Friday, March 13, 2009

Covers are just tacky and lazy

Cover versions of popular music is typically the lowest form of art. I say this because it is usually unoriginal and done for the wrong things (money). Basing your whole act on another band, well, is just tacky and lazy. No real artist thinks cover bands are cool.

I think this realization came to me when I bought the Godzilla 1998 soundtrack and listened to the opening track, for the first and last time. It was David Bowie's "Heroes", performed by the Wallflowers. I was an absolute replica, with maybe some better production quality. It was pointless. Why would you do such a thing?


One time there was a street carnival downtown, and I had to work. A good friend coaxed me to shut the store down and we walked over to see a band. They were middle-aged, and looked like they had more than one Lynyrd Skynyrd shirt in their closet. And for some unknown reason, they began to play Radiohead's "Creep". It was terrible, because they didn't do the amp-distortion-check-sound before the chorus, which makes the song. Ironically, I had a copy of The Bends in my pocket while I watched them.

That also reminds me of a junior high talent show. A band played Blur's "Song 2", and they also messed up the best part of the song (the "woo-hoo"). The singer did the opposite of what was required, and sang the part in a deep, sarcastic voice. But, I have to give them credit for being 14 and playing in front of all their peers at grade 9.

I mean even classical conducters and orchestras are to blame here. They are playing 200-year-old songs. They are cover bands. Sometimes they are called tribute bands, and sometimes they are all-female versions of AC/DC. And don't get me started on jazz and blues. These are genres solely dedicated to simply covering old songs.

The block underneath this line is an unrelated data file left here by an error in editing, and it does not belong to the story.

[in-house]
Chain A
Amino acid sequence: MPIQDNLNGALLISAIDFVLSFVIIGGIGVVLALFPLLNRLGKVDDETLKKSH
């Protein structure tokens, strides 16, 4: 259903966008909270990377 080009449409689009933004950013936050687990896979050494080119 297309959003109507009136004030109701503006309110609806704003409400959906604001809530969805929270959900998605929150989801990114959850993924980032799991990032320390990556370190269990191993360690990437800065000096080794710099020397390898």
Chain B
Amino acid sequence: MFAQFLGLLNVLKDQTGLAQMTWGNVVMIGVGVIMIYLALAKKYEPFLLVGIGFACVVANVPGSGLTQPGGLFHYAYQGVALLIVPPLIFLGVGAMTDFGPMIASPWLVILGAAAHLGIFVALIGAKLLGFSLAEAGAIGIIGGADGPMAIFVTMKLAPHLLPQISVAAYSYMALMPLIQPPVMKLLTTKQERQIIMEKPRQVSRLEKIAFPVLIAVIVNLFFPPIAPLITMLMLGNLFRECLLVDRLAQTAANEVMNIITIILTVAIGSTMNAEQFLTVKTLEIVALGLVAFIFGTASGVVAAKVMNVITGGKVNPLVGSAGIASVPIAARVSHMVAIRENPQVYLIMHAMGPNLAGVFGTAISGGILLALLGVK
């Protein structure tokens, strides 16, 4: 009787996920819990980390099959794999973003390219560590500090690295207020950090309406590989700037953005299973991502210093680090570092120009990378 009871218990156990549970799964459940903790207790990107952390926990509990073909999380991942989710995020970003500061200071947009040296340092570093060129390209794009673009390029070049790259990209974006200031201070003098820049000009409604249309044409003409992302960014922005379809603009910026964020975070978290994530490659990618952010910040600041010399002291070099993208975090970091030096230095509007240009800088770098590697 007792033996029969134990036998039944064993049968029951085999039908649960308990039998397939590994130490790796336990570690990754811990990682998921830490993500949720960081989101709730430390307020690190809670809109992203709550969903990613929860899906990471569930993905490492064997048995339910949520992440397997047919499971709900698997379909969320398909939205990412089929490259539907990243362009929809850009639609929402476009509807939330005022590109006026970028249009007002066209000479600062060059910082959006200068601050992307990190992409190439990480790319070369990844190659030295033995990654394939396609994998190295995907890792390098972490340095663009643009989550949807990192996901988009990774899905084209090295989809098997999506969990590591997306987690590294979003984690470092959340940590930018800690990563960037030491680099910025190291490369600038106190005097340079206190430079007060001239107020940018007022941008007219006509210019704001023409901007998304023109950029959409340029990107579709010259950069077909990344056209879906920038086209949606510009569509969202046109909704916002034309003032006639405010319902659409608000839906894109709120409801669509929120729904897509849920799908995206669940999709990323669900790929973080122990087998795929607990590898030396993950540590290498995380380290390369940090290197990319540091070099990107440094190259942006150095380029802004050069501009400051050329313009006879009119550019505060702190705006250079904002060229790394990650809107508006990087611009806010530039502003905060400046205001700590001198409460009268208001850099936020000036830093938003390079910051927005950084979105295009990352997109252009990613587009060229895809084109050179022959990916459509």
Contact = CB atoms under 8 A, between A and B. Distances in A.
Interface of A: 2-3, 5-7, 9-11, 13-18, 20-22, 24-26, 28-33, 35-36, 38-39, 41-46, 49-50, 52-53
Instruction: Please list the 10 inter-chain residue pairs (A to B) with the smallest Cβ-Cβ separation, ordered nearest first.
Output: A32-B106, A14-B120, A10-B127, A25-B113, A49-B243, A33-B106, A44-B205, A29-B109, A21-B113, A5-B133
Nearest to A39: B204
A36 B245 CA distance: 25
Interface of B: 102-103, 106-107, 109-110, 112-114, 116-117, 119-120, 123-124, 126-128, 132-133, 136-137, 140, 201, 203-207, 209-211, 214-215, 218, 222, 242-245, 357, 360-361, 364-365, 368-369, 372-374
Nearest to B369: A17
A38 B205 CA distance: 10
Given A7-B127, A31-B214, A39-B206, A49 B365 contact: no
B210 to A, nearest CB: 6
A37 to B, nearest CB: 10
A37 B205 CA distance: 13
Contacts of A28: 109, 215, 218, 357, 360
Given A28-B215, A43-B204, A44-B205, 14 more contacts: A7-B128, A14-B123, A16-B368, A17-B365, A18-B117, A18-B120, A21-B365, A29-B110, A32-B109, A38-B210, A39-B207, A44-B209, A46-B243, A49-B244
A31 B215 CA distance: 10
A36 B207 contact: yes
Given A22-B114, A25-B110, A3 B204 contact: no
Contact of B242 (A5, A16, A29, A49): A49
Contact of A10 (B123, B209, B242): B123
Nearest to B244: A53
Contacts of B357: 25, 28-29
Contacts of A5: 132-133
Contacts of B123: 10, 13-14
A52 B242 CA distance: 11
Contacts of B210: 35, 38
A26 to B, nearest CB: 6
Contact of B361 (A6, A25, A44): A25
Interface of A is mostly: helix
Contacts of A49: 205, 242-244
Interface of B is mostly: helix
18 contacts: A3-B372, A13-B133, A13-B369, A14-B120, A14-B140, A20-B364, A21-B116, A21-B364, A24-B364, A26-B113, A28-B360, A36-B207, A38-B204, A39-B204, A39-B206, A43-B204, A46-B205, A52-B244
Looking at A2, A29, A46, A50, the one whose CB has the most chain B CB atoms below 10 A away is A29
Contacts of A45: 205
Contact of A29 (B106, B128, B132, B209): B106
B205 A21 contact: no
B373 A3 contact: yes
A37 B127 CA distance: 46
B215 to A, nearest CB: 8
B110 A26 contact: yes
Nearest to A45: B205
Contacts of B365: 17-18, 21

But there is some light at the end of the dark, musty cave here. So, it's time to talk about unique covers. You know, the ones that are so distinctive they garner respect and admiration (there are only like, three).

"Blinded by the Light" is a great, great song. Manfred Mann's rendition hit #1 on the Hot 100 in 1977, and unlike the original Bruce Springsteen version, this one was catchy as hell. My father, a vehement supporter of the Boss, always mentions how Manfred sounds like he is saying "douche" instead of "deuce" in the chorus. But, who knows what he's really singing about. The guitar effects give this version a groove that is hard to prove it isn't an original.

"Mr Tambourine Man" as performed by William Shatner is definitely outsider music. You probably haven't heard it unless you received The Transformed Man as a gag gift. I truly wonder if Bob Dylan has ever heard Shatner utterly screaming the last line from this 1968 art experiment.

Marilyn Manson's cover of "Sweet Dreams (Are Made of This)" is probably the best cover ever. Don't laugh. It is totally different from the original 1983 electronic standard, which is hard to think of without red hair and a synth beat. Manson totally reinvented the wheel here. The guitar and way the lyrics are sung are just... original. The band could have dropped the lyrics and wrote their own for a decent song.

Also, Hendrix's "All Along the Watchtower" is better than the original

I dare you to suggest better covers. Don't even mention those goddamned string tribute albums. And if you are thinking right now that Johnny Cash's "Hurt" is the best cover, I want to spit on you.

No comments:

Post a Comment

MST3k Return thoughts

There used to be two camps when it comes to MSTies: Team Joel or Team Mike. I'm in the Michael J. Nelson camp (the 1997 Sci-Fi Channel ...